ESPN issued an apology for a segment in which an auctioneer “sold” both white and black players. The segment attracted a lot of backlash, with many people claiming that the auctions resembled a slave auction on social media.
“In fantasy football, auction draughts are popular, and ESPN’s segments simulated an auction draught with a diverse slate of top professional football players.” We understand the optics may be interpreted as offensive without that context, and we apologise,” ESPN said in a statement to USA TODAY Sports.
The episode aired in the aftermath of a rally in Charlottesville, Virginia, by several white nationalist parties. White nationalist activists marched on the University of Virginia campus on Friday, shouting racial epithets and threatening counter-protestors, and there were numerous protests and clashes over the weekend. When a white nationalist crashed his car into a group of counter-protestors, the situation became violent, and one person was killed.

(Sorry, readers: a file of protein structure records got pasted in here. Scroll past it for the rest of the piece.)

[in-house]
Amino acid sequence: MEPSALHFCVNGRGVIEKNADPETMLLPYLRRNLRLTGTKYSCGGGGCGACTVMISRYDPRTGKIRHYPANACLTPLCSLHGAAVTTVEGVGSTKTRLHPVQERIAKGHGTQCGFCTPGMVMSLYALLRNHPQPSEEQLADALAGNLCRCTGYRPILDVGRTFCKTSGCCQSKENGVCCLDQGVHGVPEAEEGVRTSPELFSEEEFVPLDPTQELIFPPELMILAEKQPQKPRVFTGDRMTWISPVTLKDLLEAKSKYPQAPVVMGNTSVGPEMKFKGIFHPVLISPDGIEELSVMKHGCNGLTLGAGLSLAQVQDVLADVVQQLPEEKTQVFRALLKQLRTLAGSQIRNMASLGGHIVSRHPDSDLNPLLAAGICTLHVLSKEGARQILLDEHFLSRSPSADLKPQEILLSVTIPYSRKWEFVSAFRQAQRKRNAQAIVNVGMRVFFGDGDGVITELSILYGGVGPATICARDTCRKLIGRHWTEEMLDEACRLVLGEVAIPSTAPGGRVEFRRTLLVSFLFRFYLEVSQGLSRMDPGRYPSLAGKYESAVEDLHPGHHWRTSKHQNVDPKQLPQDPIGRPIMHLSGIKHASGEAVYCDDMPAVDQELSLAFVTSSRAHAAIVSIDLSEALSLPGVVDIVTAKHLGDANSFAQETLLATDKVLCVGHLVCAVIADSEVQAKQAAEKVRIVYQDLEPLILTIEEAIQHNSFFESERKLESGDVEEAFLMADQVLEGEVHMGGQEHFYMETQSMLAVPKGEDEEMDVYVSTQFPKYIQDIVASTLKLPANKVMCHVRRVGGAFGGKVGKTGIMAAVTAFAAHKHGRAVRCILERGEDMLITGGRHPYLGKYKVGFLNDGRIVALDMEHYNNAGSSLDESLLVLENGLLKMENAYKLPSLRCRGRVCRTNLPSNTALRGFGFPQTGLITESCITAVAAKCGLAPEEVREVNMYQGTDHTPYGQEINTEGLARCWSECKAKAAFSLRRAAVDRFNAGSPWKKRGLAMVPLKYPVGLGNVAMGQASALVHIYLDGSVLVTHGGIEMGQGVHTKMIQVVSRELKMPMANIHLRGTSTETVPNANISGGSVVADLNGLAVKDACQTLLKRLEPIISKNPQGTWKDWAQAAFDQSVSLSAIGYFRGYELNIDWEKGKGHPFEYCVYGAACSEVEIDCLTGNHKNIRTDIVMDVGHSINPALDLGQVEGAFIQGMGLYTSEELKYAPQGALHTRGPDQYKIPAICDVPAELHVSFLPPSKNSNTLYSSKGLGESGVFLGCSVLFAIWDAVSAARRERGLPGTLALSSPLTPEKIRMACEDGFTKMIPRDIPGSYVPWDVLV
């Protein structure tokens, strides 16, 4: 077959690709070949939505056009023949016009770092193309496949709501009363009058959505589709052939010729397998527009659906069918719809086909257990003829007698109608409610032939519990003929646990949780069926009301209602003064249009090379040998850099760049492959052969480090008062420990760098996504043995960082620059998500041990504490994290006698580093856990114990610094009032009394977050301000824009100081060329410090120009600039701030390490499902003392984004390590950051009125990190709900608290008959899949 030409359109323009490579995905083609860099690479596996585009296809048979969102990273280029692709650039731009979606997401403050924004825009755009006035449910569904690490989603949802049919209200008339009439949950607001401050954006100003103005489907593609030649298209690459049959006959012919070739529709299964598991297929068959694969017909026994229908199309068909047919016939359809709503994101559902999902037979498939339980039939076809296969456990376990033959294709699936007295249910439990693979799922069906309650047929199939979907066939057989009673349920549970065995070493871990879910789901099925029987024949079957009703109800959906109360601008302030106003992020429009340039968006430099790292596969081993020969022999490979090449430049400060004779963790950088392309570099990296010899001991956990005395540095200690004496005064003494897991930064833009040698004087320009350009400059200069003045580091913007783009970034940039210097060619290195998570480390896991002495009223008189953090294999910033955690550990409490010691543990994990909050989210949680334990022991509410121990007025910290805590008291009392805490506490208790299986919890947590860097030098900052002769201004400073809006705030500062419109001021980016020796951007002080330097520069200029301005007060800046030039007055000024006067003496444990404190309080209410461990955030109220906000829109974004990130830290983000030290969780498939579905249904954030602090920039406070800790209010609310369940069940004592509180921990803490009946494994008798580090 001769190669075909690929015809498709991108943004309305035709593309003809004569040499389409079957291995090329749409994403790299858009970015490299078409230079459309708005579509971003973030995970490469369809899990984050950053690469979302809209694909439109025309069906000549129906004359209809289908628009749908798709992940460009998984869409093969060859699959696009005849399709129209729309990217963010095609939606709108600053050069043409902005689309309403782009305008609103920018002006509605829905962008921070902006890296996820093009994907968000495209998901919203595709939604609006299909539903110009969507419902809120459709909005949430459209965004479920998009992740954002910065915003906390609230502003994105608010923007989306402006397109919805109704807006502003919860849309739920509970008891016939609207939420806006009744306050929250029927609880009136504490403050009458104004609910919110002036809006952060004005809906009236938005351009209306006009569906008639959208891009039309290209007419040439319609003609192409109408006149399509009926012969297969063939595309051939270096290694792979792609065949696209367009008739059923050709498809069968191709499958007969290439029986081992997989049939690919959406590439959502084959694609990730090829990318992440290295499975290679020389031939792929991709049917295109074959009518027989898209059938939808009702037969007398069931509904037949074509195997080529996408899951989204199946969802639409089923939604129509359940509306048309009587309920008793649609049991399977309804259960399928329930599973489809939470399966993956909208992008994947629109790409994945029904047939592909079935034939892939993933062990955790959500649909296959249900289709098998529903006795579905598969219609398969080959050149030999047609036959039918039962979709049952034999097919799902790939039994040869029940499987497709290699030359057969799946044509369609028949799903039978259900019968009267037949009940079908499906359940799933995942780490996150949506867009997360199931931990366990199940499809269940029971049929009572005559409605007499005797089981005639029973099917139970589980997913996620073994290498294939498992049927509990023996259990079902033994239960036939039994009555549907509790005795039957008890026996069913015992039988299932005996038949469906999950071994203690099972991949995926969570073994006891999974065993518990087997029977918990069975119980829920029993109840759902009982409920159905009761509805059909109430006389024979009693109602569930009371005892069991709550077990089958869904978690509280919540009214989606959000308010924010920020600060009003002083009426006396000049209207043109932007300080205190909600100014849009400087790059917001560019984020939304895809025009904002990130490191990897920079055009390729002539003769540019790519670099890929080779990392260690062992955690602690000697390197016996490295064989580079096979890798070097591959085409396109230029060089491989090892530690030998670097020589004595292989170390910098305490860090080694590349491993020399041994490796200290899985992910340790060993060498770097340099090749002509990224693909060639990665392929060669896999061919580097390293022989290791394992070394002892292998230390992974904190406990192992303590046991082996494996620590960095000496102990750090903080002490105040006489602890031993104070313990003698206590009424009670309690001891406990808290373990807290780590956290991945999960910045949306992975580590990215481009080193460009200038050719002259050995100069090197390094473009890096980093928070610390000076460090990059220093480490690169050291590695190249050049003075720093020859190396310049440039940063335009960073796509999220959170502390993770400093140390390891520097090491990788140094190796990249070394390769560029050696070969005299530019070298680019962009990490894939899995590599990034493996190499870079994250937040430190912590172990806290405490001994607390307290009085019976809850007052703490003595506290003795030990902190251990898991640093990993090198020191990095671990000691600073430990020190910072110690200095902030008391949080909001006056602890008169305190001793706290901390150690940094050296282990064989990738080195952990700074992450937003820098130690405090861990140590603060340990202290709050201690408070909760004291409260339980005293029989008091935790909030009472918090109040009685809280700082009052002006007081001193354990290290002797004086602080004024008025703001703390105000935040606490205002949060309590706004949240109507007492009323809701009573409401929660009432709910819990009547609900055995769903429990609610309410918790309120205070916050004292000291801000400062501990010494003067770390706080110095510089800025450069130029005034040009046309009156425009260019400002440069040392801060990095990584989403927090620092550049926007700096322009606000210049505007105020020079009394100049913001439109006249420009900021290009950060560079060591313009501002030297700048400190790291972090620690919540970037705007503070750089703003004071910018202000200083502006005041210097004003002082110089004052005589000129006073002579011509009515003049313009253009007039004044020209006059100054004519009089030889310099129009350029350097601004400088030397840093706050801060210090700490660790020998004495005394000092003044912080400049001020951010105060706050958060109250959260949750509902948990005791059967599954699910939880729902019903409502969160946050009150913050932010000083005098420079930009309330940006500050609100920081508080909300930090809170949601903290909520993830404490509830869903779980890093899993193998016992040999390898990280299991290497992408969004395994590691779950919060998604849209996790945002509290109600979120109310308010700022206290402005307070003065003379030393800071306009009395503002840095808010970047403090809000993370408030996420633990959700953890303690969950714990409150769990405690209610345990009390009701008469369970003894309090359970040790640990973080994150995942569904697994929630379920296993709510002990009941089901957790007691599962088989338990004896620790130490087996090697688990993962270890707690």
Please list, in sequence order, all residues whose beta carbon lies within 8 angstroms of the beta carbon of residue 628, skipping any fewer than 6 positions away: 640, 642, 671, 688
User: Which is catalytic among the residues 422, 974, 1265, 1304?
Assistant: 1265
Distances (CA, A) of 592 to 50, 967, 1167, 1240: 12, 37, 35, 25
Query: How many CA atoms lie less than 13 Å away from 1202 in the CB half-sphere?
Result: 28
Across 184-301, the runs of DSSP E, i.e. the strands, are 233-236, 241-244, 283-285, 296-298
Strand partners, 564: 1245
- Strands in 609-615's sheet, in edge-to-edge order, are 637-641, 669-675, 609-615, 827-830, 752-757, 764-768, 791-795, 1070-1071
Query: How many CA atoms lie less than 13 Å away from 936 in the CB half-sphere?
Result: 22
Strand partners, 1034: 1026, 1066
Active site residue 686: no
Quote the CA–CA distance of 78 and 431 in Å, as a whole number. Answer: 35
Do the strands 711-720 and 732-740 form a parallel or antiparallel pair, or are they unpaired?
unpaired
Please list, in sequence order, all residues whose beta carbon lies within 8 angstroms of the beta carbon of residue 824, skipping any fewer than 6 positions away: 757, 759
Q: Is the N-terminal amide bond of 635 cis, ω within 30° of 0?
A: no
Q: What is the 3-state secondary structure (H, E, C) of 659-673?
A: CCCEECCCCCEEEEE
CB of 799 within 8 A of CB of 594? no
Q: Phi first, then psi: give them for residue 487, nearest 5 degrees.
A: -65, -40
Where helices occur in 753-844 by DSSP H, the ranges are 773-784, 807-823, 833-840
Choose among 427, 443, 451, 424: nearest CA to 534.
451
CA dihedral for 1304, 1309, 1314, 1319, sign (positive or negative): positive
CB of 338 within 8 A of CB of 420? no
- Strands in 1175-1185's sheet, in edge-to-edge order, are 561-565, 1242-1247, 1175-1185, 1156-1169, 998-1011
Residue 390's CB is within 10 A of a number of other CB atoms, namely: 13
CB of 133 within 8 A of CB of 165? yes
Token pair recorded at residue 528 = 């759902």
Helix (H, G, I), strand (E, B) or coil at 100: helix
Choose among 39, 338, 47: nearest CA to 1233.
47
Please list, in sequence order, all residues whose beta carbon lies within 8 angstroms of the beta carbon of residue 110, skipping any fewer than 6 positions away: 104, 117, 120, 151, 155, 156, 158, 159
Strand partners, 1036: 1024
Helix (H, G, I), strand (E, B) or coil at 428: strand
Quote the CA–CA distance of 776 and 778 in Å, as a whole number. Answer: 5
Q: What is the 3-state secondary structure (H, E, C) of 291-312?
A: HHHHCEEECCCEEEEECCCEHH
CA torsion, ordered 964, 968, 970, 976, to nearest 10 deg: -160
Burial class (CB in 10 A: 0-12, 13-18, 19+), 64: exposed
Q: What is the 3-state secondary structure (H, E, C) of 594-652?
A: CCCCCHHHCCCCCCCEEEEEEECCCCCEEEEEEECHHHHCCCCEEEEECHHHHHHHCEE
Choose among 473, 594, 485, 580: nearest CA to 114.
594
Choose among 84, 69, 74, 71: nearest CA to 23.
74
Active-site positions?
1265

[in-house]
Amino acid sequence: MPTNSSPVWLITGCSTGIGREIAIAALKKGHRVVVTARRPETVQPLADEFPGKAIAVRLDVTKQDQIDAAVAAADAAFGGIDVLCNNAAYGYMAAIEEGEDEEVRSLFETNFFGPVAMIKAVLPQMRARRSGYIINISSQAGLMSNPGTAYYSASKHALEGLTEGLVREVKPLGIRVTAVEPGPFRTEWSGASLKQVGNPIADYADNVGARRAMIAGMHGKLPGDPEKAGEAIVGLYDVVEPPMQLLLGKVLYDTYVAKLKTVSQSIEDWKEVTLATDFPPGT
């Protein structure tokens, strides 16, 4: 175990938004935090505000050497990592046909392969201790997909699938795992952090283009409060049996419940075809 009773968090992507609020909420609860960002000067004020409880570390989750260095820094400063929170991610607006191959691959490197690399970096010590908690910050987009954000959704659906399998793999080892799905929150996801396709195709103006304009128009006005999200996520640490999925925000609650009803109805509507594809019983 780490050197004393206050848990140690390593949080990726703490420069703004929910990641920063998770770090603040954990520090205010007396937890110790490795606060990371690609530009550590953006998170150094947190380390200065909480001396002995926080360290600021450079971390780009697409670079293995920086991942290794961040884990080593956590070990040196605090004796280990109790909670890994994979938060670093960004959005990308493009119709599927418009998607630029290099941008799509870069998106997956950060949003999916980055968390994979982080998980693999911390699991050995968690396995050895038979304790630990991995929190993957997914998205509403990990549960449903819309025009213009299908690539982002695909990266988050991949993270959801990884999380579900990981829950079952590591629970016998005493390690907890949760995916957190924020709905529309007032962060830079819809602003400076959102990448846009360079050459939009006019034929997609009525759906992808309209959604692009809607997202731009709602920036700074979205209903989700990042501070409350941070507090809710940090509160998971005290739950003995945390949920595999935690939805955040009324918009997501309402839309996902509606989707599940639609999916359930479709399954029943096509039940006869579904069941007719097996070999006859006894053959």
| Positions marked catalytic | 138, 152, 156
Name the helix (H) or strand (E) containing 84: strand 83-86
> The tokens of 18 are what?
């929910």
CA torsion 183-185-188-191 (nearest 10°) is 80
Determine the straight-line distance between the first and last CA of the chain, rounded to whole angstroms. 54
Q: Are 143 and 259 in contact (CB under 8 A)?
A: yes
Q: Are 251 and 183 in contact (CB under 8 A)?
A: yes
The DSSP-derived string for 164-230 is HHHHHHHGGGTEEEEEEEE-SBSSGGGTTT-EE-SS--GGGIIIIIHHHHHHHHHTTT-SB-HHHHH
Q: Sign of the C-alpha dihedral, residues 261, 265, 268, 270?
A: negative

In fantasy sports, auction draughts are fairly popular.
Each team in an auction league has the chance to bid on a player, with the highest bidder winning the player’s services. That could raise ethical questions in and of itself, and yes, white players were “sold” as well. However, ESPN’s decision to hire an auctioneer to sell black men is egregiously bad optics and demonstrates a lack of equity in whoever accepted the segment.
NFL players, such as Odell Beckham Jr., have expressed displeasure with the network’s decision to air the auction segment. In the segment, Beckham was one of the players who was ‘auctioned off.’
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It wasn’t just football players who spoke up—Kevin Durant, for one, didn’t seem to like the episode.
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